Adventist Medical Group Primary Care – Fort Washington
10709 Indian Head Highway
Fort Washington, MD 20744
Is the Quarantine 15 Real?
If you’ve gained a few pounds in the past year, know that you are not alone. COVID-19 changed our lives, creating stress and causing us to rethink the way we eat, grocery shop and exercise, among others. While it caused many people to cook meals at home and order out less, it negatively impacted our access to exercise and healthy fruits and vegetables.
At the beginning of the pandemic, many states enforced stay-at-home orders, meaning residents were asked to stay in their homes except for essential travel and to keep gatherings to a minimum of 10 people. Most non-essential businesses, including fitness and recreational centers, closed temporarily for safety reasons. It’s no surprise that the closure of gyms, along with increased stress, lack of sleep and poor eating habits caused many people to gain weight, referred to as the “Quarantine 15”.
For some, having more time at home meant having the ability to create a home gym, join a virtual workout group or try a new cooking fad found online. However, for others, it meant working longer hours under increased stress or juggling remote work and homeschooling your children. As a result of these added stressors in our lives, the amount of cortisol our bodies naturally produce increased.
Cortisol, known commonly as the “stress hormone,” is important for helping your body deal with stressful situations. While it’s normal to have increased cortisol levels at certain times, if they are too high for too long, they can do more harm than good. Having high cortisol levels for an extended period can lead to:
- Increased weight gain
- Chronic complications including high blood pressure and diabetes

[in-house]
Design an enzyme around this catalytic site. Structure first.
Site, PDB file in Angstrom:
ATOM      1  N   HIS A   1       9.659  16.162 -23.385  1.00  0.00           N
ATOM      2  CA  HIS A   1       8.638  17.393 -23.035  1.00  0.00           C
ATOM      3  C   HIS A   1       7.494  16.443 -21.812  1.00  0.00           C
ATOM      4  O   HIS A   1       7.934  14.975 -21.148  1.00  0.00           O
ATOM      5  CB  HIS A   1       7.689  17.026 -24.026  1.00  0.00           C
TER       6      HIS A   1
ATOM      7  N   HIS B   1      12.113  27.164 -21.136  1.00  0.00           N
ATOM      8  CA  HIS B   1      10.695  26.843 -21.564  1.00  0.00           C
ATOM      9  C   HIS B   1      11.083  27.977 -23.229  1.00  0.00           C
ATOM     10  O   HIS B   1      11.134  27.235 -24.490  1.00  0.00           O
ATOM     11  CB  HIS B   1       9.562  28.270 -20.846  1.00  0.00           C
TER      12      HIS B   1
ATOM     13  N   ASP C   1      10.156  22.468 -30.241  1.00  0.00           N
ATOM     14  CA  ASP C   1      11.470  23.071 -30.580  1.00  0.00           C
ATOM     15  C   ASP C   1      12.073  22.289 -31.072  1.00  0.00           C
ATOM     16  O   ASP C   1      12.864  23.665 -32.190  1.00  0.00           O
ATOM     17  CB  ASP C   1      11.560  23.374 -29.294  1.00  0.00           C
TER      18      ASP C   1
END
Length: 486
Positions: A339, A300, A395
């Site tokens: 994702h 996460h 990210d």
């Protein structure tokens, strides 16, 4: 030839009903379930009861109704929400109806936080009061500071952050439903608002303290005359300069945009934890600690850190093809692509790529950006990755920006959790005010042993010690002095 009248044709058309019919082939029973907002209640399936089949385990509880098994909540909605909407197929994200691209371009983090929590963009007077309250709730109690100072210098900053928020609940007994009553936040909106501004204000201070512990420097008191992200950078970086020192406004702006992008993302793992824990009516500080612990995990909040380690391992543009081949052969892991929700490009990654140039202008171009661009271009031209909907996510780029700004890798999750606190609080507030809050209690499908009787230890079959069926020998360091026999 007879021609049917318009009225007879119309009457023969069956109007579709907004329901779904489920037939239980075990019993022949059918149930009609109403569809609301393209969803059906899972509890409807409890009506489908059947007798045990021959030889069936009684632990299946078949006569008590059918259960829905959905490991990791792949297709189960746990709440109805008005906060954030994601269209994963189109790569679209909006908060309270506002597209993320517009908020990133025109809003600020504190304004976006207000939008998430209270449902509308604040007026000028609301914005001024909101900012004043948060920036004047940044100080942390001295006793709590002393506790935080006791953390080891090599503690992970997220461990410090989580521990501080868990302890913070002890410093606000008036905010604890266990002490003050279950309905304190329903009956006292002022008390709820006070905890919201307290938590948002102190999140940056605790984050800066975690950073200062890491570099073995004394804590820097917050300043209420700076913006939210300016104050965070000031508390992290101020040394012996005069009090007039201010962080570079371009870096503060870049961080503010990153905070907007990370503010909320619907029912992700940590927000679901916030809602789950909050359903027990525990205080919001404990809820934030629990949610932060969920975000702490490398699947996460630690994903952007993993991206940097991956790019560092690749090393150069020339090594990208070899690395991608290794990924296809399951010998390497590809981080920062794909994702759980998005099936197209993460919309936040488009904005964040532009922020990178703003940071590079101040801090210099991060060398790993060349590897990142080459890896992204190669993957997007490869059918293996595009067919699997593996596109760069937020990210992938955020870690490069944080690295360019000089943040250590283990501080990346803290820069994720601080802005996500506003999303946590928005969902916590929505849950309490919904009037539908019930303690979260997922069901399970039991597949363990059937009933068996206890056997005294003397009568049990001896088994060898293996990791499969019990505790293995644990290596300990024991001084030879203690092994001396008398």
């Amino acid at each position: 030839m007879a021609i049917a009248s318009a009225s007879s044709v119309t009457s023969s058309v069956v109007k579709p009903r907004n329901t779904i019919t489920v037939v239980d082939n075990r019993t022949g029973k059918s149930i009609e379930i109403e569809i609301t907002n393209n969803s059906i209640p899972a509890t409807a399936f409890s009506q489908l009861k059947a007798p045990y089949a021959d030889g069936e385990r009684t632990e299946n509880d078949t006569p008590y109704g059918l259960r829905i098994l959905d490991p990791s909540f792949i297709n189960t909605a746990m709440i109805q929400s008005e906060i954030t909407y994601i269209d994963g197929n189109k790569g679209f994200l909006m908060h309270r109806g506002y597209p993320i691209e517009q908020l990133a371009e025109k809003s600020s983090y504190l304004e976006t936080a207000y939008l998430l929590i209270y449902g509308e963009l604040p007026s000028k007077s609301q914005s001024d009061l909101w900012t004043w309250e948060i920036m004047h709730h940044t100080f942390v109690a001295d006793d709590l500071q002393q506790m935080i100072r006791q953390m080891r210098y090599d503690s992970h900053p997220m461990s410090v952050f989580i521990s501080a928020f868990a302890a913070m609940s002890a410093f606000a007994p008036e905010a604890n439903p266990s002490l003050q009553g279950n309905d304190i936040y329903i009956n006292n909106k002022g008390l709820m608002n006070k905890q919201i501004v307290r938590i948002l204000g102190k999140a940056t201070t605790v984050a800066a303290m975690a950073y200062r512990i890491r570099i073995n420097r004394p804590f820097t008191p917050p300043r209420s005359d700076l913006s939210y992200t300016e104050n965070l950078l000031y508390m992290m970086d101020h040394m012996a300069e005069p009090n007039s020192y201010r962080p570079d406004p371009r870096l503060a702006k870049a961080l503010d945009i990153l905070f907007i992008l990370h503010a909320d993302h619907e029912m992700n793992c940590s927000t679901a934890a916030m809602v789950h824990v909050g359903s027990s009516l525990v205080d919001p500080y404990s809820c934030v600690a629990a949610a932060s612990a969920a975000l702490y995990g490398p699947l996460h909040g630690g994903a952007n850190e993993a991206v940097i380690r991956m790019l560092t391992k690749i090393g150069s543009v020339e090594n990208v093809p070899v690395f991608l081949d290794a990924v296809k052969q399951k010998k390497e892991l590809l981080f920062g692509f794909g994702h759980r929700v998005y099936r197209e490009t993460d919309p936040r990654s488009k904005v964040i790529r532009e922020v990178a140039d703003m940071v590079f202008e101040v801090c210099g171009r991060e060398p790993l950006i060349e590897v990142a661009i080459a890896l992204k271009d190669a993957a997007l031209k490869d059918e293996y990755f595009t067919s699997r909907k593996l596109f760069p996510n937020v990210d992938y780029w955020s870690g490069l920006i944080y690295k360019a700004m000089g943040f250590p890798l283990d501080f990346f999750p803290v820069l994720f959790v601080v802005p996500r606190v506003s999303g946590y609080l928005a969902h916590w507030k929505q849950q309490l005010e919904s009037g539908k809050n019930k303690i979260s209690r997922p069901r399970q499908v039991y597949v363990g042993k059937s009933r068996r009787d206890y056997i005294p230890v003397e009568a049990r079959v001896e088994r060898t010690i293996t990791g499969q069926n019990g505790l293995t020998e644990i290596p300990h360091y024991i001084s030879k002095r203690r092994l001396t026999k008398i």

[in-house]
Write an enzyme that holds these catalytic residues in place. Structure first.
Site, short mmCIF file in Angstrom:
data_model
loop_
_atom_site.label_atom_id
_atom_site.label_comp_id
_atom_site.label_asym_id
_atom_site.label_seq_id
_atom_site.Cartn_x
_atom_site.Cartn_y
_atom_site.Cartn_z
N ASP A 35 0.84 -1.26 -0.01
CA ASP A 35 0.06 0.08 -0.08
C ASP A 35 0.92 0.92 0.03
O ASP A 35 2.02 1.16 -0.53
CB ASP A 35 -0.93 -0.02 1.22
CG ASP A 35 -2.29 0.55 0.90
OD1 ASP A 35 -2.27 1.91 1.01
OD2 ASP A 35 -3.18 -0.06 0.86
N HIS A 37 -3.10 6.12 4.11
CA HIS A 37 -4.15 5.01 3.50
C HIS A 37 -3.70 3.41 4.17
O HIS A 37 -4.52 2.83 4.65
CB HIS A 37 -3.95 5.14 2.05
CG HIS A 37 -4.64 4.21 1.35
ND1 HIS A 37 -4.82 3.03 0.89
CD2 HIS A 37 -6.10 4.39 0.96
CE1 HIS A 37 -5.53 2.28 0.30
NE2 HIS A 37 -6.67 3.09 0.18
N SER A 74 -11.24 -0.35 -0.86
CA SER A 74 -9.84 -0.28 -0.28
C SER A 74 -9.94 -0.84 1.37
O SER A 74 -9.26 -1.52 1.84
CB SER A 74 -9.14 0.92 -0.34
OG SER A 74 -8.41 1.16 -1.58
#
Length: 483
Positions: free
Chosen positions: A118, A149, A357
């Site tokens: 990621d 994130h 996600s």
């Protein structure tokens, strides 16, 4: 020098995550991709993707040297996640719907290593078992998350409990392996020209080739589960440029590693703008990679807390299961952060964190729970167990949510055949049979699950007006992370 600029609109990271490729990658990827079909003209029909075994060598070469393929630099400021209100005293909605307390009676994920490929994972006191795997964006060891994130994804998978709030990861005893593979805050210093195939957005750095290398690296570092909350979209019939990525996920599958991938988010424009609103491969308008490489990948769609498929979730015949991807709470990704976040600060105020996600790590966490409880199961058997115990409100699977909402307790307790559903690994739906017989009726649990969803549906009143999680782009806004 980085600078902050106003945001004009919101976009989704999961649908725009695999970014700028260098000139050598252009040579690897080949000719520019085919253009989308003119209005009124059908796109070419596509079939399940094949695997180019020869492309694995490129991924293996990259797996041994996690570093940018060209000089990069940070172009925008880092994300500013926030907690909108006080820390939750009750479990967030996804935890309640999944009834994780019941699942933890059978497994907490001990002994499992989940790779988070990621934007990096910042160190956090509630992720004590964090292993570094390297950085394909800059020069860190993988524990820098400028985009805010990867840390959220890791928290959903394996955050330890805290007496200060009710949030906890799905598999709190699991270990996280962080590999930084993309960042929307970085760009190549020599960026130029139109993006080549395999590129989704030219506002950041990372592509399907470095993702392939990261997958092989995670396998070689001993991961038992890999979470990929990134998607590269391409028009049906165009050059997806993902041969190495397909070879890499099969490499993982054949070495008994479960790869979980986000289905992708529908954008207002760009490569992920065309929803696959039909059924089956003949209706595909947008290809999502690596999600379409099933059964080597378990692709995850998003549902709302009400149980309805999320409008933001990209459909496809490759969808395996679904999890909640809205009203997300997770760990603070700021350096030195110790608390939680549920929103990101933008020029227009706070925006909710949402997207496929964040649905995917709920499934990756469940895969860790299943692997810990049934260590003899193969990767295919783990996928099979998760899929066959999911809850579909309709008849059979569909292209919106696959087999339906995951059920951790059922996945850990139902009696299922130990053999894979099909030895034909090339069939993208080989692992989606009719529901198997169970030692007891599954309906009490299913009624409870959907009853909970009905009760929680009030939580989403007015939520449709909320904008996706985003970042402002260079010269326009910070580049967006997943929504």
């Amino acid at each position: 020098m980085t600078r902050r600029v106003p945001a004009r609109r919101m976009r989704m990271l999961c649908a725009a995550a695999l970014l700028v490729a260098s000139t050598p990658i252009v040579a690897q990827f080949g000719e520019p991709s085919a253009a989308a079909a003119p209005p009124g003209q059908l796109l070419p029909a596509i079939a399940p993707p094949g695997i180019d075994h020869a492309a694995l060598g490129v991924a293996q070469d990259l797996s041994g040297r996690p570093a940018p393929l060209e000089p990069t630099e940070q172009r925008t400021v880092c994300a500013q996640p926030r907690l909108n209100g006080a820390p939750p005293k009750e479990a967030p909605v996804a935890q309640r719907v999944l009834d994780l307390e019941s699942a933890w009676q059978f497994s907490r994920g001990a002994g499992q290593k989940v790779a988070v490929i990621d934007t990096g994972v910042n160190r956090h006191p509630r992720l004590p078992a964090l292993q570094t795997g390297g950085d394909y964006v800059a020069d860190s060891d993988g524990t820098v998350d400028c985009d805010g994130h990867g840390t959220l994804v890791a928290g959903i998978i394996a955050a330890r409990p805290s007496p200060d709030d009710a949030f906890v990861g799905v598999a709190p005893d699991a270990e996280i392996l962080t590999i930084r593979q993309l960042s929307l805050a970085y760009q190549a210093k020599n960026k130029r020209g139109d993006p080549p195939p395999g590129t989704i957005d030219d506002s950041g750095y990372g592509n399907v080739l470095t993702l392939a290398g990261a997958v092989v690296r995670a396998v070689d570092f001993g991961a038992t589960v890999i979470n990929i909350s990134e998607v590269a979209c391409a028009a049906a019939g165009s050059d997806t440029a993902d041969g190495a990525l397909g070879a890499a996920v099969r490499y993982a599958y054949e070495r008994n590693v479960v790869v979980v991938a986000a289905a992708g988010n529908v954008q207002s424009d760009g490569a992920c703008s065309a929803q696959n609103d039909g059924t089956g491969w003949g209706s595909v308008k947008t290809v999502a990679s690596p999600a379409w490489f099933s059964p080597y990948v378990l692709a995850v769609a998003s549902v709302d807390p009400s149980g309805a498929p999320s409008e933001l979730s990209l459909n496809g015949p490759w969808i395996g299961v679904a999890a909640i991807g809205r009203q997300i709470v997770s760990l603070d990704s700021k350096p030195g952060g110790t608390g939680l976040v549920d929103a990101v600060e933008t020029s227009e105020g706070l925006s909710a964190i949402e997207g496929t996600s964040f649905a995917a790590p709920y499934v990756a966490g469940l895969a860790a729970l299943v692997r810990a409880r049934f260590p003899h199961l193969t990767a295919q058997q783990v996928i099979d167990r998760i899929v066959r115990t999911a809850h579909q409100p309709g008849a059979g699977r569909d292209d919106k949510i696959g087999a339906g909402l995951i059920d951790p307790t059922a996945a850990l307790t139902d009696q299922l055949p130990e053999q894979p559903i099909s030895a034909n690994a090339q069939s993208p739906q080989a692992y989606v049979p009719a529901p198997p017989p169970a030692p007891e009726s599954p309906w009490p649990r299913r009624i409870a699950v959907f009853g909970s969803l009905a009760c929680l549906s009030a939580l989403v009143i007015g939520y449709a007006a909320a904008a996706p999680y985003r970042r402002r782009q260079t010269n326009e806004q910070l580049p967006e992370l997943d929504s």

- Lack of sleep and fatigue
- Impaired brain function, causing “brain fog”
- Weakened immune system
Whether you’ve fallen victim to the quarantine 15 or not, it’s never too late to getting your health back on track. Make your health a priority by making simple changes to your lifestyle and diet. Some tips to get back on track include:
- Stay active. Make sure to move a minimum of 4,400 steps per day.
- Don’t skip meals. Eating five small meals a day will help to control hunger.
- Eat healthy snacks. Avoid processed junk foods and opt for apple slices, yogurt, nuts or carrots.
- Get 7-9 hours of sleep a night. Keep a consistent sleep schedule, avoid caffeine before bed and turn off electronics 30 minutes before sleep.
- Drink water.
- Stay motivated. Getting to a healthy weight takes time; be patient and consistent.
Focus on making gradual, small changes and over time, you will notice a difference in your eating habits, exercise levels and even your mood. Work with your primary care provider to develop a plan that works best for you. Together, you can work towards a healthier you.
Remember – we still need to continue to take precautions, even if you’ve been fully vaccinated. Wear a mask in public, stay socially distanced, use proper hand hygiene, avoid poorly ventilated areas and large crowds, and most importantly, get vaccinated.